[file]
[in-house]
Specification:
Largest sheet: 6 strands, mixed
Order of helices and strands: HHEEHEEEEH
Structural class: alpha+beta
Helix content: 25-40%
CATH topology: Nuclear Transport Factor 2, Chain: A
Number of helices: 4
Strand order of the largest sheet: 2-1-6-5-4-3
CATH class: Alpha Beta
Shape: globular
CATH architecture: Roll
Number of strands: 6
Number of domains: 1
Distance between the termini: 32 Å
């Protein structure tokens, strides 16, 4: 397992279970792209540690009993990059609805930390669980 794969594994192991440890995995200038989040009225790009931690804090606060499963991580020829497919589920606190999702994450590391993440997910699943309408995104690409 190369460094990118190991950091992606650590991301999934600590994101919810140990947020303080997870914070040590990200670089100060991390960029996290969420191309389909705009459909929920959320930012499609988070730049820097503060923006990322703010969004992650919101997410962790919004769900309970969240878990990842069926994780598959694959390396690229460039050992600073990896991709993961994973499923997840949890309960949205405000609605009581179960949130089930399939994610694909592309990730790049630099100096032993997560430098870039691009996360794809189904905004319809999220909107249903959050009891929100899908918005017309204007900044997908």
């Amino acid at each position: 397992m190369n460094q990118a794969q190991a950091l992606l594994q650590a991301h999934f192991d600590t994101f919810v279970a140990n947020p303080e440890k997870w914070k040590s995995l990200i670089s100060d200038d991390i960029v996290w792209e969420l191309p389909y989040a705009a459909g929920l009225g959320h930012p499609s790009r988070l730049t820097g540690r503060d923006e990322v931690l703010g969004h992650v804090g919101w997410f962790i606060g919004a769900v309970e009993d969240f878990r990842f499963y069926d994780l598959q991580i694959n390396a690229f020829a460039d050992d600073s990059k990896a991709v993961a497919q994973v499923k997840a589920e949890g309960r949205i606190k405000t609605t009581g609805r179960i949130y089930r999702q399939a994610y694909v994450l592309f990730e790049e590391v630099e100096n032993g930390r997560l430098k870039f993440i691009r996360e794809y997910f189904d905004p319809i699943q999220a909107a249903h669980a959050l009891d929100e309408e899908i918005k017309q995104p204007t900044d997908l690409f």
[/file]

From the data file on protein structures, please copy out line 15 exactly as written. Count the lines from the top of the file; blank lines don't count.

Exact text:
Distance between the termini: 32 Å